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Kyrgyzstan Keeps RFE/RL Off The Air, Demands Program Review

State broadcaster chief Eshimkanov said Kyrgyzstan would not honor Azattyk's contract as it is.

State broadcaster chief Eshimkanov said Kyrgyzstan would not honor Azattyk's contract as it is.

BISHKEK (RFE/RL) -- Kyrgyz authorities have said that Radio Azattyk, RFE/RL's popular Kyrgyz-language service, will not be restored to the airwaves unless its programs are submitted to the government for prior approval. RFE/RL was taken off the air in October.

The head of Kyrgyz National Television and Radio Corporation (UTRK), Melis Eshimkanov, said RFE/RL programs were "too negative and too critical" of the government.

He was speaking on December 15 after the Kyrgyz government and officials from RFE/RL and U.S. international broadcasting met in Bishkek in an effort to restore Azattyk programs to the airwaves.

At a news conference held after the talks, Julia Ragona, chief broadcast operations officer for RFE/RL, called for the restoration of the suspended broadcast.

"We are committed to providing information, perspectives, and news to Kyrgyzstan that might not otherwise be available, and we are proud and pleased to be able to continue doing that, once these issues are resolved," Ragona said.

Until October 8, Azattyk's TV and radio programs were heard and seen by nearly half the Kyrgyz population. Azattyk broadcast three hours of radio programming each day and produced two weekly prime-time television news shows, "Inconvenient Questions" and the youth-oriented "Azattyk Plus."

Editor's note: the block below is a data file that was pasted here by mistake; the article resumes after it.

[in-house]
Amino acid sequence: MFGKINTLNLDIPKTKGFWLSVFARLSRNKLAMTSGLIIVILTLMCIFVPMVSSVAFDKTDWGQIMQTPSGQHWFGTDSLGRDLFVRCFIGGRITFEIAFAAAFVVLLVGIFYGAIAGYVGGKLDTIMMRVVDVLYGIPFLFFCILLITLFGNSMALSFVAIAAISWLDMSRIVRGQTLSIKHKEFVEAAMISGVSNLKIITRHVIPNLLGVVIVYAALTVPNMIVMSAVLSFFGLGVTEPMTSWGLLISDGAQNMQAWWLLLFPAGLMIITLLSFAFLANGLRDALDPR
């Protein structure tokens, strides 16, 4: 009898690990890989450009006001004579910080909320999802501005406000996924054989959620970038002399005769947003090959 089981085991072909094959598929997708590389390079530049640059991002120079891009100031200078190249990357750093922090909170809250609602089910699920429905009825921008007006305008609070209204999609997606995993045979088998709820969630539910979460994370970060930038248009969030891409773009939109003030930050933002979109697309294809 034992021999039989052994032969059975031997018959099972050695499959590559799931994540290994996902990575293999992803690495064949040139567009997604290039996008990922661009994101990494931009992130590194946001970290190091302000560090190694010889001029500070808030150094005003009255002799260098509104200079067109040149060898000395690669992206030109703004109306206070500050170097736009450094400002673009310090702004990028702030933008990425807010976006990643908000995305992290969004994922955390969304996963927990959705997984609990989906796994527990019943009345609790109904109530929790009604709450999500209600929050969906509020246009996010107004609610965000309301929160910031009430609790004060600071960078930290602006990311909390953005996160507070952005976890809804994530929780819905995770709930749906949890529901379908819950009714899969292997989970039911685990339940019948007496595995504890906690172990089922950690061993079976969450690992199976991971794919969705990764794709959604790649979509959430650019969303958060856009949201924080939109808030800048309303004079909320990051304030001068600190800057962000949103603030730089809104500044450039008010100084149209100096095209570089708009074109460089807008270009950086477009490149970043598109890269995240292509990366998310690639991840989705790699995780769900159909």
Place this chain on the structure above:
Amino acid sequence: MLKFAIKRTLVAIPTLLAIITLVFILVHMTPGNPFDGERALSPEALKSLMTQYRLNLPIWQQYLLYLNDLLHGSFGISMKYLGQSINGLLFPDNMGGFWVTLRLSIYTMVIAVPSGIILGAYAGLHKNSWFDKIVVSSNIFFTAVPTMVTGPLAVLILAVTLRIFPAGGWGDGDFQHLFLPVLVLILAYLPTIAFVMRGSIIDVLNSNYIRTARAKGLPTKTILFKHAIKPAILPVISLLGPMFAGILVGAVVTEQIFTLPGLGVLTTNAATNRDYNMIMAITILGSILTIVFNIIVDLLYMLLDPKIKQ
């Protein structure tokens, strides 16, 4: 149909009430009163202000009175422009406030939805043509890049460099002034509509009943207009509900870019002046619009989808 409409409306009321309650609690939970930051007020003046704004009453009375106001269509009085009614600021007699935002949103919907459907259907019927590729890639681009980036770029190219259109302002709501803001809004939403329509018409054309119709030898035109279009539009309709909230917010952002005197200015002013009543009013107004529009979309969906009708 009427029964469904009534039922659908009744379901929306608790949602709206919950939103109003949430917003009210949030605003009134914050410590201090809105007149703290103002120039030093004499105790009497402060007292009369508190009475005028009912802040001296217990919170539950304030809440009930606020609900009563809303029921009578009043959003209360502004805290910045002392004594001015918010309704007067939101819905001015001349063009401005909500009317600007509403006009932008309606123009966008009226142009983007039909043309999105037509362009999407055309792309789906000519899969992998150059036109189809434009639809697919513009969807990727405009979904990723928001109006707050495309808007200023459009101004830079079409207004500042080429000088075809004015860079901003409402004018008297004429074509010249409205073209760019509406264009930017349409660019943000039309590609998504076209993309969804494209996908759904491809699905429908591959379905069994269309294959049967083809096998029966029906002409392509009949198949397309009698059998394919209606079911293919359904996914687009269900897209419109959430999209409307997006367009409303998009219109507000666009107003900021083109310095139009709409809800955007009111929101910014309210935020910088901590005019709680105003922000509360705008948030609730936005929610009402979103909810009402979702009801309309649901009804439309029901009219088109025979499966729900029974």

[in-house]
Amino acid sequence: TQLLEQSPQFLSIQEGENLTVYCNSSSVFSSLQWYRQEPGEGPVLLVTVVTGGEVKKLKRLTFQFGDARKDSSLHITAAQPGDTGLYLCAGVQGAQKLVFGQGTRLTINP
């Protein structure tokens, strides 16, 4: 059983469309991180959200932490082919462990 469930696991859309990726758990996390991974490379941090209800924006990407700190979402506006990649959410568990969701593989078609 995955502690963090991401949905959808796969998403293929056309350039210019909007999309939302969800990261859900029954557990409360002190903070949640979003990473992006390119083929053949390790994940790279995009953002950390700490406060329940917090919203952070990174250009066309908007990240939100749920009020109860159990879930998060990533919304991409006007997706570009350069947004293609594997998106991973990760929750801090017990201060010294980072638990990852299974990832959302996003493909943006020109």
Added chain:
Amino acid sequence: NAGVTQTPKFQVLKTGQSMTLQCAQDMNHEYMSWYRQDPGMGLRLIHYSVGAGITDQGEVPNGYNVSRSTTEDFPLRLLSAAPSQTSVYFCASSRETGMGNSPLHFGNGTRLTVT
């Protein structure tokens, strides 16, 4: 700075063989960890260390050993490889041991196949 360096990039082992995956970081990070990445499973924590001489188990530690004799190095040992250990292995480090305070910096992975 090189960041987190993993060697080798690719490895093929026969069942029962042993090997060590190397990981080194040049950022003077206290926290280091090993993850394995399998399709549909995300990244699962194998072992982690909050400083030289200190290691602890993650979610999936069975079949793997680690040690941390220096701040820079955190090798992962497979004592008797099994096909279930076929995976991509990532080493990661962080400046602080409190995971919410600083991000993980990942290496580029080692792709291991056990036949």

On December 6, the Kyrgyz authorities gave their first public acknowledgement that RFE/RL had been taken off the air, saying that the broadcasts were suspended because RFE/RL had breached contracts.

The authorities also announced the suspension of the BBC's Kyrgyz service on December 1, reportedly on contractual grounds. The BBC returned to the airwaves in Kyrgyzstan on December 12.

Censorship Rejected

Eshimkanov said on December 15 that Kyrgyzstan will not honor its current contract with RFE/RL now, nor when it expires at the end of the year, unless Azattyk clears its radio and TV reports with the government in advance -- or "guarantees" they will not be offensive.

Eshimkanov also said that powerful Kyrgyz figures are behind the decision to keep Radio Azattyk off the air.

RFE/RL President Jeffrey Gedmin said the move may force Radio Azattyk to put its broadcasts exclusively on shortwave frequencies for the first time since the collapse of the Soviet Union. Those broadcasts are expected to begin on December 16.

"We expected more from a country trying to prove its reformist credentials in the region," Gedmin said.

Jeffrey Hirschberg of the Broadcasting Board of Governors, which oversees U.S. international broadcasting, said the proposed censorship conditions are "unacceptable."

The Organization For Security and Cooperation In Europe (OSCE) has called on the Kyrgyz authorities to restore RFE/RL and BBC programs to the airwaves.

The OSCE's media-freedom representative, Miklos Haraszti, said both broadcasters were a "reputable public-service source of information for Kyrgyz society" and that "their suspension would be a loss to pluralism."